Margarita Mamun explains Russia's rhythmic gymnastics dominance

Olympic champion talks about a potential future in coaching

By ZK Goh

Books, films, and taking care of her young son Lev have kept Margarita Mamun going despite the lack of sports.

The rhythmic gymnastics star, who retired in 2017, was meant to go to Tokyo 2020 as a television analyst before the Games were postponed due to the coronavirus outbreak.

Speaking to the Olympic Channel from Moscow, where she marked Olympic Day by leading the Olympic Day Workout on the @Olympics Instagram, the 24-year-old said: "We rewatched so many movies and cartoons with my son. I read; the books were such page turners that I would be bored to read anything else."

Asked if she missed competing and would like to return, the Russian said: "Rhythmic gymnastics is a very young sport. It’s very hard to get back there after having a baby. My back is not as flexible as it used to be.

"I think I already reached my dream and that's why I plan to achieve other dreams now."

Russia's rhythmic gymnastics dominance

You have to go back to Atlanta 1996 to find the last time a Russian did not stand on the top step of a rhythmic gymnastics Olympic podium.

Since then, Russian athletes have won every single Olympic gold. That, Mamun said, is down mostly to the team's head coach and president of the country's rhythmic gymnastics federation, Irina Viner.

Viner has coached the last four individual Olympic champions: Mamun (2016), Evgeniya Kanaeva (2012 and 2008), Alina Kabaeva (2004), and Yulia Barsukova (2000).

"There is no particular secret to the question why Russia has been so dominant," according to Mamun. "Irina Viner plays a big part in it. The bar is set so high now, and that is only growing every year."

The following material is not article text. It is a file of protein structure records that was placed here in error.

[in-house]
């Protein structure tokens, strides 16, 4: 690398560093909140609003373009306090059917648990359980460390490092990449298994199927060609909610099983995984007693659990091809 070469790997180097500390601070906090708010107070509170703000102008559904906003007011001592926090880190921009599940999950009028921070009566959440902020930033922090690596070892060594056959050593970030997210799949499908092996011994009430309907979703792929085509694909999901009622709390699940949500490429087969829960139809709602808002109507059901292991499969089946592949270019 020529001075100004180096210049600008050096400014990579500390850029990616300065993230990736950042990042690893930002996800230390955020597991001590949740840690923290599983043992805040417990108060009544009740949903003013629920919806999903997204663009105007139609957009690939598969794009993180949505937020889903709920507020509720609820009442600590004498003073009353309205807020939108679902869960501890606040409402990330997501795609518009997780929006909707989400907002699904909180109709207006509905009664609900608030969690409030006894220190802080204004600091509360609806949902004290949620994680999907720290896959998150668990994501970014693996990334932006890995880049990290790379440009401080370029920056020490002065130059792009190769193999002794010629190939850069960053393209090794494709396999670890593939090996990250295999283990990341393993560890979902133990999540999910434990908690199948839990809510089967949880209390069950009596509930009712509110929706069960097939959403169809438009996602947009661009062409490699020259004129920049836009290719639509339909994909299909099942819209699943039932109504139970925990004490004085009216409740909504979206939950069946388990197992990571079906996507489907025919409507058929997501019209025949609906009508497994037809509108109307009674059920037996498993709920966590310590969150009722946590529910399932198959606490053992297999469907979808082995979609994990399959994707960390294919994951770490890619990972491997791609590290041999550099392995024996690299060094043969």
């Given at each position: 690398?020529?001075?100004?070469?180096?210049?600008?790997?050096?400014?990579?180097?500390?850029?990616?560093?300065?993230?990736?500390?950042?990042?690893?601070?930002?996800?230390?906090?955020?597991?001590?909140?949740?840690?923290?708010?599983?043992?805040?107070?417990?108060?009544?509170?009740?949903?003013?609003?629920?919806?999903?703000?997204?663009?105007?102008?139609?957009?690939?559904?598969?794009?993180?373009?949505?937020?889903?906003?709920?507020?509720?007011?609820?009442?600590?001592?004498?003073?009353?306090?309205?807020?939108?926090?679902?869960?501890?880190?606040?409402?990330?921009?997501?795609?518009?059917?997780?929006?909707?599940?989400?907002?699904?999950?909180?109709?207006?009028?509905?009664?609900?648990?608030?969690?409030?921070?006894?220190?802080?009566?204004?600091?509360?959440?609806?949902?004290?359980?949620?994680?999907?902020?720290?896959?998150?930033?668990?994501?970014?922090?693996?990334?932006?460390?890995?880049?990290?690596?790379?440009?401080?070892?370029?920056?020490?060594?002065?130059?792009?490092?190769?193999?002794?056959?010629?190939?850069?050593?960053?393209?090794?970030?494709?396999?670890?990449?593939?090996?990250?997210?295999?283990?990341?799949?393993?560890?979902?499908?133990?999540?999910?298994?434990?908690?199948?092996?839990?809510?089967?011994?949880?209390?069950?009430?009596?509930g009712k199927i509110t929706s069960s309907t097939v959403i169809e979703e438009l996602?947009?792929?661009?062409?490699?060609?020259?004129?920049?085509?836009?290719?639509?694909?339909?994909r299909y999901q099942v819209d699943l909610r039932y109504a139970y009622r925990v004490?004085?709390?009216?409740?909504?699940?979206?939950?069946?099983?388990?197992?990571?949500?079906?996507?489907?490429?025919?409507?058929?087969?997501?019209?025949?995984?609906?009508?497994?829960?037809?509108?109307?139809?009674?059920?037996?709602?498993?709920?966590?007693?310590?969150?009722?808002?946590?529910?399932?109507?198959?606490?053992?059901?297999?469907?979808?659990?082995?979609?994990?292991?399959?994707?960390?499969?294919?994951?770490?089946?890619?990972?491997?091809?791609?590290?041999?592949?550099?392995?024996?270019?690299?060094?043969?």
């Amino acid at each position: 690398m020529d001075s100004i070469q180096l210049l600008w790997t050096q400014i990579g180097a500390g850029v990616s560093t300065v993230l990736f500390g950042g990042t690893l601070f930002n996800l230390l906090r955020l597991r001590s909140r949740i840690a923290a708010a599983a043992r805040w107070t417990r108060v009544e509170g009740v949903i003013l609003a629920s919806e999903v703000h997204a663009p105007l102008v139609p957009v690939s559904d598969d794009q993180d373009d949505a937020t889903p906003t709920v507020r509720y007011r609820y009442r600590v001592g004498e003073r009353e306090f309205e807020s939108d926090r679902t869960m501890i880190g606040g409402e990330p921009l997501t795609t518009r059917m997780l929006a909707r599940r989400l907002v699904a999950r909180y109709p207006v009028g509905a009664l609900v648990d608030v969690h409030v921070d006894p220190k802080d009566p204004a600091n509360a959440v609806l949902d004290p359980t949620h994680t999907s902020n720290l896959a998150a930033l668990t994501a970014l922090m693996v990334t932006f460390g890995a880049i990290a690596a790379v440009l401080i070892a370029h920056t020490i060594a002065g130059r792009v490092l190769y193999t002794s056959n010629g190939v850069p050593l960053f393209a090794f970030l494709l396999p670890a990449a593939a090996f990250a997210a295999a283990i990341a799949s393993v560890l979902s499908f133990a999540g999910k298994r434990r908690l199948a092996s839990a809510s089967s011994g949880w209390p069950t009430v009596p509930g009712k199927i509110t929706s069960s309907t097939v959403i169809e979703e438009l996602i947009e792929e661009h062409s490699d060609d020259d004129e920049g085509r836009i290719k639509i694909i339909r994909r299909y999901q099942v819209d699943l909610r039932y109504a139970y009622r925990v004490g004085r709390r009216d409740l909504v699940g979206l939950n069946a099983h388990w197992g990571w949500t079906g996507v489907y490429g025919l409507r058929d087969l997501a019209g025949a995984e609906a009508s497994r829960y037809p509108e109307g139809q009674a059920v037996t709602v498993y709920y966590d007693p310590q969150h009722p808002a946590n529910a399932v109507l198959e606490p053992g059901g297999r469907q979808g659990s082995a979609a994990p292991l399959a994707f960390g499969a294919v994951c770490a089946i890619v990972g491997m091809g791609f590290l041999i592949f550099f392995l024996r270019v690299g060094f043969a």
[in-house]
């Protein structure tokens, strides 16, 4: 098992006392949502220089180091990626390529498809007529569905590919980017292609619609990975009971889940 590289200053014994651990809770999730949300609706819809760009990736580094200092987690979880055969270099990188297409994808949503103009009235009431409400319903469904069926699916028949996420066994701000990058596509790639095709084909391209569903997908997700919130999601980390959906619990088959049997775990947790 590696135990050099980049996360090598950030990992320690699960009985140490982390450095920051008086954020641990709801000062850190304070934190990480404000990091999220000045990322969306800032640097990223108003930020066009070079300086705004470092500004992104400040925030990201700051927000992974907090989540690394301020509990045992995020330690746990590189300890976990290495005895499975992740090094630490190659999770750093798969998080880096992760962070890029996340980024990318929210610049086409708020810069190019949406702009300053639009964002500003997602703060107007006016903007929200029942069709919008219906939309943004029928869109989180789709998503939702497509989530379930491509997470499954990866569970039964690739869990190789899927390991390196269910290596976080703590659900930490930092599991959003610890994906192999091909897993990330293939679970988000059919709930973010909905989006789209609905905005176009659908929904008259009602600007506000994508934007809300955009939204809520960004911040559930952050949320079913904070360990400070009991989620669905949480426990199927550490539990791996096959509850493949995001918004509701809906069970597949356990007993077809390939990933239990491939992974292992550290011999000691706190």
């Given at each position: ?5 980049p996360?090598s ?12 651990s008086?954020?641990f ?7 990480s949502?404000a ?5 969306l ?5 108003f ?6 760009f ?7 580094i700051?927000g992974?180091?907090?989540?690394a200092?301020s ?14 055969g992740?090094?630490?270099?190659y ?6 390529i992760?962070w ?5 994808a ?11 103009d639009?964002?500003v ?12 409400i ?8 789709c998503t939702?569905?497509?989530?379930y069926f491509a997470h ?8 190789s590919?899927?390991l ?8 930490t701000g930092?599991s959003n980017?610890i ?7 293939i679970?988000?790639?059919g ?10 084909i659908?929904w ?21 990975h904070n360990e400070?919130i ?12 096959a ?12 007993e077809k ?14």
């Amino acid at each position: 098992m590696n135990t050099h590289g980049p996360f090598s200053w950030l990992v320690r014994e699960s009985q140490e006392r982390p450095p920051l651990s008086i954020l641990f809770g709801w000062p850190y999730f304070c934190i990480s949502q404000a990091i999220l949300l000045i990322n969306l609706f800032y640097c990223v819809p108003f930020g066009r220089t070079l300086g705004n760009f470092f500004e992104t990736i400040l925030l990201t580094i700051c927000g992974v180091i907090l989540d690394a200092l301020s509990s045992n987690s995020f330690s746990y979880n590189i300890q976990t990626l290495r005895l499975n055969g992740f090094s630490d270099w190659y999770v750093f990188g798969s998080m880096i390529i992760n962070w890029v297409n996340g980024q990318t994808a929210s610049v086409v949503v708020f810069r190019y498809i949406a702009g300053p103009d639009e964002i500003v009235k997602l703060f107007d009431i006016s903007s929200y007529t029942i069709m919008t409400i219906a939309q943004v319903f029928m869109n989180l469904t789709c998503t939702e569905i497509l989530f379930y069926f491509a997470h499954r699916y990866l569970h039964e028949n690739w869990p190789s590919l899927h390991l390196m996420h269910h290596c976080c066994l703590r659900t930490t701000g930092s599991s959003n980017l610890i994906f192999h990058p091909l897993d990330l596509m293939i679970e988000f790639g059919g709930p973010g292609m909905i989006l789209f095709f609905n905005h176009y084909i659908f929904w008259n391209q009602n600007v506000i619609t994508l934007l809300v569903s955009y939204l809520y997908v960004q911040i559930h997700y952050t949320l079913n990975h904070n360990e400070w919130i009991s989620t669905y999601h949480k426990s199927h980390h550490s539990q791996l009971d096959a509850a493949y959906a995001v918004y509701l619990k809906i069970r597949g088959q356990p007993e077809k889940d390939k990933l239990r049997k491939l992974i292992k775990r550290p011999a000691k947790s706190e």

That, in part, is driven by the intra-squad rivalry between the country's many young talents.

"We have a lot of girls doing the sports and we have a huge rivalry inside our team. You train on one carpet and next to you is another gymnast who is even better, even stronger... this is how the growth happens - we look at each other and set the level higher every time."


Mamun says she still intends to be at Tokyo 2020 as a commentator, but could she have a future in coaching?

The Olympic champion featured on the Olympic Channel original series The Z Team, where she visited a rhythmic gymnastics school and had one week to help coach the children to prepare for a competition.

"I really hope next year (…) I will get to be a commentator, to see the performances of Russian rhythmic gymnasts and to comment on them.

"Taking part in The Z Team was a very extraordinary experience for me. It was unforgettable. I remember myself being a young gymnast. Imagine someone like Alina Kabaeva coming up to me and coaching me, it would have been amazing.

"So I understood the girls and their emotions and also my emotions were great.

"I tried and I could see that the coach's job is extremely difficult. I can become a coach and I think I can do a good job."